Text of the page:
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From Princess to Queen: How Elizabeth took to the throne at 25

Having been on the throne for 70 years, it’s hard to imagine that Elizabeth almost didn’t become Queen.

Born on April 21, 1926, during the reign of her grandfather George V, she was third in line to become Britain’s monarch.

No one would have pictured her taking to the throne, as her uncle Prince Edward was next, followed by her father Prince Albert, the Duke of York.

Edward was still young enough that he would have been expected to settle down and have children, and Albert still had time to have a son.

Protocol at the time, which has since been changed, meant boys were placed before their sisters regardless of who was born first.

For this reason, the Duke and Duchess of York expected their daughter to live a life largely out of the spotlight.

She could have ended up as a more minor royal such as Princess Beatrice of Eugenie if things turned out as expected.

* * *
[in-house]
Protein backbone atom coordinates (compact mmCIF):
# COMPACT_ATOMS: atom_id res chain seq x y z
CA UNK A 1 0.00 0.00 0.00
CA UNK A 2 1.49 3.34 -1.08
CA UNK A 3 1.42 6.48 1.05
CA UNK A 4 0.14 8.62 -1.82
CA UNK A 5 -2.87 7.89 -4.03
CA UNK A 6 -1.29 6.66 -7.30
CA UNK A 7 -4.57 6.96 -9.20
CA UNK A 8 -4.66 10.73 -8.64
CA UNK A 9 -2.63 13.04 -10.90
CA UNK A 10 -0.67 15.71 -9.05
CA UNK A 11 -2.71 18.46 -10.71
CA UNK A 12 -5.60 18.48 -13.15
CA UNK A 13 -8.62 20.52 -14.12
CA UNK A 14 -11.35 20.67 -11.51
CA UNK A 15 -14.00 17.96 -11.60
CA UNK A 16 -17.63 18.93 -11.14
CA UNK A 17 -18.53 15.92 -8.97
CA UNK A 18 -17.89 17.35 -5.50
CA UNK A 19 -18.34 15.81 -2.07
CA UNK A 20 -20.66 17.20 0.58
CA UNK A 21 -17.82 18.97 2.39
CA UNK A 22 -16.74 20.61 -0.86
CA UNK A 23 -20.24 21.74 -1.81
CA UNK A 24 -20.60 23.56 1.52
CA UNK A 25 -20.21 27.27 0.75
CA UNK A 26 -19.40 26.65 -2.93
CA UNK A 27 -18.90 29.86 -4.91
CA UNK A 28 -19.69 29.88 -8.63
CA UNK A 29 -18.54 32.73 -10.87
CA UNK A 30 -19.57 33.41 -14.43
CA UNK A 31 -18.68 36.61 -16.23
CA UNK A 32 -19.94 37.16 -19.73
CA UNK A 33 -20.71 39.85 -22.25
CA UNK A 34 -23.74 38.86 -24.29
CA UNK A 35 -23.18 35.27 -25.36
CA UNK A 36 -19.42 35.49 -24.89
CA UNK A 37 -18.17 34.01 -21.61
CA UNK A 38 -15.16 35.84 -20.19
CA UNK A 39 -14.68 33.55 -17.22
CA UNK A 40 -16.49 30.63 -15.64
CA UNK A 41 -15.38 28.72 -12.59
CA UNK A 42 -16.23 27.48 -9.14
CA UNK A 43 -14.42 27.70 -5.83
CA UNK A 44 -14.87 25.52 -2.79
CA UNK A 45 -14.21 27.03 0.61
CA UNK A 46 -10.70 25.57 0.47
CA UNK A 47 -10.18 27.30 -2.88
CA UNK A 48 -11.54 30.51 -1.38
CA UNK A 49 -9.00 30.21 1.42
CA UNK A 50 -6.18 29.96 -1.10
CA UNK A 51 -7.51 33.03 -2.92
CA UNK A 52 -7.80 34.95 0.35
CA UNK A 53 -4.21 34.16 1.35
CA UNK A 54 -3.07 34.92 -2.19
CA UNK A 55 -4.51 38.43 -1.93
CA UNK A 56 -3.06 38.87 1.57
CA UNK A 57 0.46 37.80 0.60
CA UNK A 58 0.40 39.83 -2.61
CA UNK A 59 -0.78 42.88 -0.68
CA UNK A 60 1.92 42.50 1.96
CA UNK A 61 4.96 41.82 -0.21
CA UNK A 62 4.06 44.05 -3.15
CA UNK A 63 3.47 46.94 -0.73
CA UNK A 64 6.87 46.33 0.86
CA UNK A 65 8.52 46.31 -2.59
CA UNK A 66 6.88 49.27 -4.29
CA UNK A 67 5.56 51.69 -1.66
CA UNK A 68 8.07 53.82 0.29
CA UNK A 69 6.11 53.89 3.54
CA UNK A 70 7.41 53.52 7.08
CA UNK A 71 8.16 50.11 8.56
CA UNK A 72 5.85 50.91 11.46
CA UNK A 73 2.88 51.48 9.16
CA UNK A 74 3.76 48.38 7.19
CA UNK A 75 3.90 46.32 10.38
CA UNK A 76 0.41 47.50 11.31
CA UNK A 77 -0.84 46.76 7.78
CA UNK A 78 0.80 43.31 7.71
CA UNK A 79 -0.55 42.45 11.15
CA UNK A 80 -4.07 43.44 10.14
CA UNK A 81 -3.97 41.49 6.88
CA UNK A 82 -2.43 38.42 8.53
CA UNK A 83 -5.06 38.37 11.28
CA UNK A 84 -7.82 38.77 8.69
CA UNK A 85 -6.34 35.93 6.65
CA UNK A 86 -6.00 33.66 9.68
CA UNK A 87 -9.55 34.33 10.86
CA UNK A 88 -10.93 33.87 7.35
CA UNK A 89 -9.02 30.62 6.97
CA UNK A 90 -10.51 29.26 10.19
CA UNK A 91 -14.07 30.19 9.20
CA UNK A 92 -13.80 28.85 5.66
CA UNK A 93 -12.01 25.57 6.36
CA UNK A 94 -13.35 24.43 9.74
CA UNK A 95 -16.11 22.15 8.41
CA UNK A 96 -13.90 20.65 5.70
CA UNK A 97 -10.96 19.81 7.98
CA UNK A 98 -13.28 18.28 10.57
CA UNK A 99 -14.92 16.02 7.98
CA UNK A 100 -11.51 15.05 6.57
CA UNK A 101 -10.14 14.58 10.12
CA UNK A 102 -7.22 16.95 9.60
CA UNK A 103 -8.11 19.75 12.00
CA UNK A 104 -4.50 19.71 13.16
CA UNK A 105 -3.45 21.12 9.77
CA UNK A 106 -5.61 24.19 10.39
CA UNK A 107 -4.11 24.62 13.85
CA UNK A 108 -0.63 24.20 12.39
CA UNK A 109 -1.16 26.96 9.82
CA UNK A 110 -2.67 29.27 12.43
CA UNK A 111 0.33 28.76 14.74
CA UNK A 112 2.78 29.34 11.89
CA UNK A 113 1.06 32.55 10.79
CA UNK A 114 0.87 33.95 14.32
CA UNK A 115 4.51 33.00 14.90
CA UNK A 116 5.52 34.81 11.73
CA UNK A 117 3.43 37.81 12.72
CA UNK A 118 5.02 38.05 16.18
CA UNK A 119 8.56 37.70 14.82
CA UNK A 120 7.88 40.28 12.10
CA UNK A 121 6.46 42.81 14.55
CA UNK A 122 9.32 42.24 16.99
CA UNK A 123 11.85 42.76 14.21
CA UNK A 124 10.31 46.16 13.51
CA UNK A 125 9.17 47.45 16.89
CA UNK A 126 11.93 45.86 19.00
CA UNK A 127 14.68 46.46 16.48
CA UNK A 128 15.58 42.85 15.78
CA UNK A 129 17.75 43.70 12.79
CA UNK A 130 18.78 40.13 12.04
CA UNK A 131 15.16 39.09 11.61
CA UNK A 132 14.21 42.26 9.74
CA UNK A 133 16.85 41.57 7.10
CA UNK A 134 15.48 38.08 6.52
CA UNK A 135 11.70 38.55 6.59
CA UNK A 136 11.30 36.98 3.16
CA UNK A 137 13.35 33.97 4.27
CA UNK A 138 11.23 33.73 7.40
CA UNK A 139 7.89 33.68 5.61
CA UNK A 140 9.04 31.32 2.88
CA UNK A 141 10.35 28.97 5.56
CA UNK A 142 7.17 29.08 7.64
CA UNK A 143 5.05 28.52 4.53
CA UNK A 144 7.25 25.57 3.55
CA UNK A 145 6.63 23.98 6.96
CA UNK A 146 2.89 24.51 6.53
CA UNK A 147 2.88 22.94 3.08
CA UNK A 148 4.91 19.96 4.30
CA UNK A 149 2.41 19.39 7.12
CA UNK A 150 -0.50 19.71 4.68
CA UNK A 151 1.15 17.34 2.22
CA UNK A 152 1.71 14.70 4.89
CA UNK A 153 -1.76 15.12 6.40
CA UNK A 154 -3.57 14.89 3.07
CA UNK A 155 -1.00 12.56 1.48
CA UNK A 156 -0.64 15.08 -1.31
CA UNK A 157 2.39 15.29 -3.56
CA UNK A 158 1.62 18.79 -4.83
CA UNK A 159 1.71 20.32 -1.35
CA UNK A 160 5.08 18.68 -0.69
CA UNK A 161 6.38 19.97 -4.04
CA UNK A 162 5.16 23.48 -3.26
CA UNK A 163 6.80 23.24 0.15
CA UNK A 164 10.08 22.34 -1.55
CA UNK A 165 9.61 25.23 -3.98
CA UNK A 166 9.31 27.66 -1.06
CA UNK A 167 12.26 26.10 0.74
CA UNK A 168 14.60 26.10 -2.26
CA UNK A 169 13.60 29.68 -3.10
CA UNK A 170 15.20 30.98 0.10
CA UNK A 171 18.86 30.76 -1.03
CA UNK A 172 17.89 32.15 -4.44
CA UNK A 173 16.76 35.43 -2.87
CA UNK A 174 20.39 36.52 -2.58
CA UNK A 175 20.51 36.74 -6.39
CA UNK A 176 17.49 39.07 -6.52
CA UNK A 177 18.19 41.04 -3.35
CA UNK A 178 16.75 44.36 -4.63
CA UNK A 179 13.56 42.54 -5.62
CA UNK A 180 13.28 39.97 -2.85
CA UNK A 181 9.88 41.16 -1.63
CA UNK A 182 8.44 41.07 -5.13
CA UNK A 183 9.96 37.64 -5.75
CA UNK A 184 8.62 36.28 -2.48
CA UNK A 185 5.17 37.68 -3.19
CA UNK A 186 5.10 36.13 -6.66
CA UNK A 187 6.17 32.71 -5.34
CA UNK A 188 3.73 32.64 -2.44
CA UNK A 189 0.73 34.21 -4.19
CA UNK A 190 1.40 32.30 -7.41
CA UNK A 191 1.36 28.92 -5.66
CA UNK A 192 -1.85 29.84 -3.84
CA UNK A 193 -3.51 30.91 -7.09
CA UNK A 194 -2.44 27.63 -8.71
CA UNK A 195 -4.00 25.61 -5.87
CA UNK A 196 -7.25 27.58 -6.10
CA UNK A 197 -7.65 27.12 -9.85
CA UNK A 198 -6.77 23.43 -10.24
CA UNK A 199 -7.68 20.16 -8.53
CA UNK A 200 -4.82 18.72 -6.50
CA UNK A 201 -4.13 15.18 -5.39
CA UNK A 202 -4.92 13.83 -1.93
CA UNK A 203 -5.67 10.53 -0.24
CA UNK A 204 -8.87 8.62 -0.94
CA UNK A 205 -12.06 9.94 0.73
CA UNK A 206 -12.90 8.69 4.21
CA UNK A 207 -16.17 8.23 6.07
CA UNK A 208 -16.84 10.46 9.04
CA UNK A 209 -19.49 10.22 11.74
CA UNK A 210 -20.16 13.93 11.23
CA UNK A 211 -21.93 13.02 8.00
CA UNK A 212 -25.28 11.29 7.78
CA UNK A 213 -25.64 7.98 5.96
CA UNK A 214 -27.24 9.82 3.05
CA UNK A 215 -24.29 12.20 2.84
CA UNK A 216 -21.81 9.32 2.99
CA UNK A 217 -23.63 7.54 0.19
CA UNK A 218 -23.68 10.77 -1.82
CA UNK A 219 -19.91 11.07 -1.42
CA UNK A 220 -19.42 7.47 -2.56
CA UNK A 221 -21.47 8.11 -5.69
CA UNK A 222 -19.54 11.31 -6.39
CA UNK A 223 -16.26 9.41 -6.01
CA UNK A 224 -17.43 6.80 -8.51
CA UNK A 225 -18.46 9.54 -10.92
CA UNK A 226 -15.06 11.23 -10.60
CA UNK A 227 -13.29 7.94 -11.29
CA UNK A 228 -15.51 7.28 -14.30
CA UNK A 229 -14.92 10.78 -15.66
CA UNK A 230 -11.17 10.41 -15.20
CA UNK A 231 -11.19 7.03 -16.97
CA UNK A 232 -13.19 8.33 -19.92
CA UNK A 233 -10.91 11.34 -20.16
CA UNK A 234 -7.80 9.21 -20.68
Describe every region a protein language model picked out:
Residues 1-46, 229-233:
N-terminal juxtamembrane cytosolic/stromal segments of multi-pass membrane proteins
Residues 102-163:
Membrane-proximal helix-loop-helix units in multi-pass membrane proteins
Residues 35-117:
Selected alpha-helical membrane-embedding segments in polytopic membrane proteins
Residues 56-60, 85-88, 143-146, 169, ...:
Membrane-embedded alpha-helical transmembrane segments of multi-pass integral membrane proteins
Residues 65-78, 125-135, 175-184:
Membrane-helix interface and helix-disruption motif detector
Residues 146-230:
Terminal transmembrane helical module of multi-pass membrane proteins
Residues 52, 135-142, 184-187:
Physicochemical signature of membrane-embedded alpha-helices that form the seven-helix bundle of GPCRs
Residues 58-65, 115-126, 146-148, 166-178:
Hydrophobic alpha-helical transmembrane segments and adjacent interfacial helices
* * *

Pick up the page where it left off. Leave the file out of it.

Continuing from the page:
But all of that changed after George’s death in 1936. Edward succeeded then became the first English monarch to voluntarily renounce the throne.

He abdicated in December 1936 after less than a year as Head of State so he could marry American socialite Wallis Simpson.

Royals weren’t allowed to marry divorcees at the time due to their affiliation with the Church of England – another rule that has since changed.

Before Wallis divorced British shipping executive Ernest Aldrich Simpson, rumours of an affair with Edward were rife in American gossip columns and the Continental press.

The British media remained silent on this particular topic, but Edward marrying a divorcee was enough to be considered a scandal.

But despite this, he decided to follow his heart and ended up moving with Wallis to Paris to start a new life together.

Edward had no children at the time, so it was Albert’s turn to be King, choosing the regal name of George in honour of his late father.

This meant Elizabeth, now 10, was first in line to the throne, but still this could have changed if she had a brother on the way.

But George had no more children and died on February 6, 1952, aged 56, meaning Princess Elizabeth was to become Queen Elizabeth II.

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